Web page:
A tenant's covenant not to carry alterations without landlord's consent, not to be unreasonably withheld, is unlikely to prevent the tenant from contending that he is entitled to remove tenant's fixtures. Even an obligation to install the fixtures is unlikely to prevail over the right to remove tenant's fixtures. This is likely to impact on the scope of the premises to be valued on review.
In Peel Land and Property v TS Sheerness Steel (2013) the Court was asked to rule on whether large items of heavy plant and machinery were fixtures and whether the tenant had the right to remove them.
In relation to the fixtures which had not become part of the land, the Court had to decide if the tenant could remove them under the terms of the lease. The tenant was the operator of a steel works at the premises and had been obliged to erect and equip the steel works under the terms of the lease. The landlord claimed that since the plant and machinery was installed pursuant to an obligation in the lease, the tenant had no right to remove it. In the alternative, the landlord claimed that removal of the plant and machinery would constitute an alteration to the premises which was forbidden under the lease without the landlord's consent.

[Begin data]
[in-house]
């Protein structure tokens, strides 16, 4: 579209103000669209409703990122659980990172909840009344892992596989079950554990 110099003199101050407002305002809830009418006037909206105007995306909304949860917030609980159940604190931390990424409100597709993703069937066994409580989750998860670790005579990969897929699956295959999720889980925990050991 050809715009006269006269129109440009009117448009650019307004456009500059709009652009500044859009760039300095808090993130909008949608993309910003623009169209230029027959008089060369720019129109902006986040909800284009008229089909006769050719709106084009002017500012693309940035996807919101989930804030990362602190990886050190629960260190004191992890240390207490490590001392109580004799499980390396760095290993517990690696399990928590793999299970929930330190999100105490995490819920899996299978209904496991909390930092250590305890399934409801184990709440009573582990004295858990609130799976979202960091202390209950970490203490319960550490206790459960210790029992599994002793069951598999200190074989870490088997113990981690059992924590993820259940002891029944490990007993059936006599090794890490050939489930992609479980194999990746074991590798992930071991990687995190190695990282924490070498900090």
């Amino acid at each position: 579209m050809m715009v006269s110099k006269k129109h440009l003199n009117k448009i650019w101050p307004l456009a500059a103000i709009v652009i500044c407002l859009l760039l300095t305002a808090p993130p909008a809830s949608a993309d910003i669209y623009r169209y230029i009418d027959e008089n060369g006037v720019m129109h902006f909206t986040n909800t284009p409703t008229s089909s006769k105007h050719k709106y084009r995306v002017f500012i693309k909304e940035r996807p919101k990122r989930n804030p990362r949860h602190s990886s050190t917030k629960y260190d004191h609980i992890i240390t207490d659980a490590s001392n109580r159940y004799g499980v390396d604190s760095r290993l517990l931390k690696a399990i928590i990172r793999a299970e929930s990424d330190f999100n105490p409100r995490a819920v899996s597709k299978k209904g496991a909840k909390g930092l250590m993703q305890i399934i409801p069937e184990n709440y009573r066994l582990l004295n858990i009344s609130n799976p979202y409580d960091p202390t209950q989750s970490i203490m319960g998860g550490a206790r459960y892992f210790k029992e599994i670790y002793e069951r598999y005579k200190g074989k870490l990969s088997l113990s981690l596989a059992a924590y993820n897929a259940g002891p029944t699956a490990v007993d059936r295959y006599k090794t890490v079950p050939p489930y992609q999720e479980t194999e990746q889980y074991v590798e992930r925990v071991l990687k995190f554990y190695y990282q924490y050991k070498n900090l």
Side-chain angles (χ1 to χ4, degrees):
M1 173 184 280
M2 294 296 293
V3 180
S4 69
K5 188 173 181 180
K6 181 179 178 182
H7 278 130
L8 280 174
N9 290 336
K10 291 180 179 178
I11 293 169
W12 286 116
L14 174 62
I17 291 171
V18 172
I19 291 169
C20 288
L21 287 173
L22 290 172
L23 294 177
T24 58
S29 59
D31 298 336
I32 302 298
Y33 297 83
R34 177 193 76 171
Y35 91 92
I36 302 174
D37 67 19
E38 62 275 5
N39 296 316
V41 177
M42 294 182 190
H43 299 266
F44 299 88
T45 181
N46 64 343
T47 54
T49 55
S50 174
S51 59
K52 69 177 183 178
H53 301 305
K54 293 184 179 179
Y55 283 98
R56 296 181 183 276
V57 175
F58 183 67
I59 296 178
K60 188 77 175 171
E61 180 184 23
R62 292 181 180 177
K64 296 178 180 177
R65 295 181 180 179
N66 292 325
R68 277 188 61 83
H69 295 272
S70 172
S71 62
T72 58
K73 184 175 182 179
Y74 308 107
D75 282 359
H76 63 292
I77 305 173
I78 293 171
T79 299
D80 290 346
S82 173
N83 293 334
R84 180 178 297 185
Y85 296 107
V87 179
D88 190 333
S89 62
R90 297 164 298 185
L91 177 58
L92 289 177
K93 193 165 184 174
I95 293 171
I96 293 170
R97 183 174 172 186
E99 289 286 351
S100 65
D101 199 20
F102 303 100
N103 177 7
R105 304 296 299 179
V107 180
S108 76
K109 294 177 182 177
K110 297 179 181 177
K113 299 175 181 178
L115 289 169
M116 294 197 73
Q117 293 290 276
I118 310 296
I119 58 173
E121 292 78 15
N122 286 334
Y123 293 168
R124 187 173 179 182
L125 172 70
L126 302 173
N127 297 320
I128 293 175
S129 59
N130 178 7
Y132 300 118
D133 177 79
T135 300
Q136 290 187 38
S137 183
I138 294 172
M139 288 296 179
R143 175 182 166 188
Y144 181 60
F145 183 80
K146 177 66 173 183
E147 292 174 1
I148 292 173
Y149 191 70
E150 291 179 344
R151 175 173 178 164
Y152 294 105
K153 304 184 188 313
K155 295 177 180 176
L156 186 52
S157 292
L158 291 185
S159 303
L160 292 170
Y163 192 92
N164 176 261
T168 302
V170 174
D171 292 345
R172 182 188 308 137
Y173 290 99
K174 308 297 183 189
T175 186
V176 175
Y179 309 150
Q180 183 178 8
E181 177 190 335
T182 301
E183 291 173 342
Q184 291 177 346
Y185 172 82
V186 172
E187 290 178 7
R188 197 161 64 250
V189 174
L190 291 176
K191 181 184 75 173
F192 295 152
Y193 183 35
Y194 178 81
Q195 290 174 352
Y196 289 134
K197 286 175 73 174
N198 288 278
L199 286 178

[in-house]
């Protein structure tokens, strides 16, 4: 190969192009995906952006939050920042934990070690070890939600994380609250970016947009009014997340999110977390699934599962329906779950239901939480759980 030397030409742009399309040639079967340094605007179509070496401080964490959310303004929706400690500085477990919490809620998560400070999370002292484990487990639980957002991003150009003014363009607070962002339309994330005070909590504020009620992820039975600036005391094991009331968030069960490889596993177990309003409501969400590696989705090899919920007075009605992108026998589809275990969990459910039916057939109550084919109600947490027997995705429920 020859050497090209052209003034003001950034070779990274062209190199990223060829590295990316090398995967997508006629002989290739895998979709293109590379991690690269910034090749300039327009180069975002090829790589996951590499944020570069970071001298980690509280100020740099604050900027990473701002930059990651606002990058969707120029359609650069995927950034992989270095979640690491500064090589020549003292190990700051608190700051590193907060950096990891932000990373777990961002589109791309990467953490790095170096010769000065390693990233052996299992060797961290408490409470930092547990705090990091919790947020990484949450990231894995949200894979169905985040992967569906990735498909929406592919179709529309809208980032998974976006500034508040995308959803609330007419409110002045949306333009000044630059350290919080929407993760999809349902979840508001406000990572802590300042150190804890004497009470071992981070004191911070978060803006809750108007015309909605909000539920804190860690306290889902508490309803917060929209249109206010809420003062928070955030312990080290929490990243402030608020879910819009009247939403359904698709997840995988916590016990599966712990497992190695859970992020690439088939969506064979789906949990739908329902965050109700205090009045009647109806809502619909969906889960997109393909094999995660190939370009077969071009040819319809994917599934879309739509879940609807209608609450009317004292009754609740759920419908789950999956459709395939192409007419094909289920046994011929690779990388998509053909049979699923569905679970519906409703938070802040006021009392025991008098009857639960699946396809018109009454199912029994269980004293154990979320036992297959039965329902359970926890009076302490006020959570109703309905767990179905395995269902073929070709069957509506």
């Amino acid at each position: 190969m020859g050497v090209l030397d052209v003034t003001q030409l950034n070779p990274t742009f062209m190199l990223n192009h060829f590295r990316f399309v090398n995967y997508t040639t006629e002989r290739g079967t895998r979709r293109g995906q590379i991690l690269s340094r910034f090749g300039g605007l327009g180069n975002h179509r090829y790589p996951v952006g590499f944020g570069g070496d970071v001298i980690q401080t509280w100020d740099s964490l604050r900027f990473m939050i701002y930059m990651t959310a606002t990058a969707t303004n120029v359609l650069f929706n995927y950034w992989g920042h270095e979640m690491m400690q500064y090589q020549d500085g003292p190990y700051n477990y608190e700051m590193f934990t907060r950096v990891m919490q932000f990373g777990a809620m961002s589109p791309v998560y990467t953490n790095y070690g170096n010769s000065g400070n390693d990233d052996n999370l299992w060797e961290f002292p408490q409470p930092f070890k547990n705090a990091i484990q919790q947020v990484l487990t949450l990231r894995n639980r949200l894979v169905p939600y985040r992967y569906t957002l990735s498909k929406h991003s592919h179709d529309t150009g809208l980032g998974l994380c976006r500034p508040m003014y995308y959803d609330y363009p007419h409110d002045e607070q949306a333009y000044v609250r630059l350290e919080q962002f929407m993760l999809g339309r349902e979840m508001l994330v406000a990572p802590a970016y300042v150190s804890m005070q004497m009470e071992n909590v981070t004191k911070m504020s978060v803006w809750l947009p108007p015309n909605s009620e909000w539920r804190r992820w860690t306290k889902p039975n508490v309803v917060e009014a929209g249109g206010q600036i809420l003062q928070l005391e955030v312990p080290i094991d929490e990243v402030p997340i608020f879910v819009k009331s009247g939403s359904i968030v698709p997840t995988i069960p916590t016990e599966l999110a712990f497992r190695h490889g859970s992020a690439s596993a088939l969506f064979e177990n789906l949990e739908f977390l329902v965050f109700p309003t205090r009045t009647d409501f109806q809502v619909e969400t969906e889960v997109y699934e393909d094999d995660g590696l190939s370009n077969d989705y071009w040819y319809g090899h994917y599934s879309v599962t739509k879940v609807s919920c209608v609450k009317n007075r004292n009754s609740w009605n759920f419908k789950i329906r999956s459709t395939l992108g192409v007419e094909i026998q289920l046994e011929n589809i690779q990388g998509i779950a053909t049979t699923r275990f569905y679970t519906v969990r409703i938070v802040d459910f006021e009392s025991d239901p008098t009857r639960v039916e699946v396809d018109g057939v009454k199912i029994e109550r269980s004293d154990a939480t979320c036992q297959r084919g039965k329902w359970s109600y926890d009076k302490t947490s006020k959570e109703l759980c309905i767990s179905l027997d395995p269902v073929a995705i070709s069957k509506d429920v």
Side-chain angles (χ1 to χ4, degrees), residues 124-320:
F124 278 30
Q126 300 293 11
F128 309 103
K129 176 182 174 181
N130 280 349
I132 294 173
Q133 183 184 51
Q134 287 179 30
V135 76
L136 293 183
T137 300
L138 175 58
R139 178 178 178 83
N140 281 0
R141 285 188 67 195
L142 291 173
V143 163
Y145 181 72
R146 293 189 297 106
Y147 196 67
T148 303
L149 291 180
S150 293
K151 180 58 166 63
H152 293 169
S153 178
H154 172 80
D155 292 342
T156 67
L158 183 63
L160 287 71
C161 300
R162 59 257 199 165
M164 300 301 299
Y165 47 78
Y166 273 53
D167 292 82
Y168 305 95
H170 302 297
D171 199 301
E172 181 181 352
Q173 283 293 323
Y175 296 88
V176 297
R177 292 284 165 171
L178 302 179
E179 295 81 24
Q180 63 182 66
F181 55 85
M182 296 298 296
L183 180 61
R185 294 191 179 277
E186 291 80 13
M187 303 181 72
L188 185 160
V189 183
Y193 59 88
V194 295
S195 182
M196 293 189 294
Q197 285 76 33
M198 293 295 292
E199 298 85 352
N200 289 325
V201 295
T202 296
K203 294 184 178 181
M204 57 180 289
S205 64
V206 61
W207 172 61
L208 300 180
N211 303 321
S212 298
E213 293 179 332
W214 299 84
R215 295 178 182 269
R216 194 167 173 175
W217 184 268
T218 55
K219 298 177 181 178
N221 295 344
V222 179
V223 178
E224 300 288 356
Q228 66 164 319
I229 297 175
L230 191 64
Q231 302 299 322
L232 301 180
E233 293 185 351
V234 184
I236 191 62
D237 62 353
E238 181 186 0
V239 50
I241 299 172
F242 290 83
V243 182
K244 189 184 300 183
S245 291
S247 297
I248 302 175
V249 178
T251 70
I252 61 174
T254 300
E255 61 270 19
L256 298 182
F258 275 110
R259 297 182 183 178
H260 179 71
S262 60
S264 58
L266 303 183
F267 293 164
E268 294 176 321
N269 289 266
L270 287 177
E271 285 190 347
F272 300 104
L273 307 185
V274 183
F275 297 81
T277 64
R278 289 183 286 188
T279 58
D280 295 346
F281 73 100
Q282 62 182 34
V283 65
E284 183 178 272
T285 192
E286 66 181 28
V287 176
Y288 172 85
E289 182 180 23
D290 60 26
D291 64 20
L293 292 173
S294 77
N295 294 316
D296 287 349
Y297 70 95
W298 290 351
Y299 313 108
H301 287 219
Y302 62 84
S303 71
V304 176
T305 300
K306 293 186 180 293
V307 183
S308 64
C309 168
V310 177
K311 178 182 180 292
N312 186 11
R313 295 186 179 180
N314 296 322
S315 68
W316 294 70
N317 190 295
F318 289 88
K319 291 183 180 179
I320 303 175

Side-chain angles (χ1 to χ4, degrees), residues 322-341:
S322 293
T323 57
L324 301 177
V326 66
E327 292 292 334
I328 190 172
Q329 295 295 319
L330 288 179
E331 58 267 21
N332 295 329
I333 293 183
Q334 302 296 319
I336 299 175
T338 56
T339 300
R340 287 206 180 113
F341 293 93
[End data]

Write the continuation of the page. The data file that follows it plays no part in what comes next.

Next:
The Court found that the tenant's covenants in the lease to install the fixtures had no impact on the tenant's right to remove them. Further, the removal of the fixtures could not constitute an alteration to the premises given the settled legal principle that a tenant has the right to remove tenant's fixtures. The Court concluded that clear wording is required in the lease if a landlord wishes to restrict a tenant's right to remove tenant's fixtures.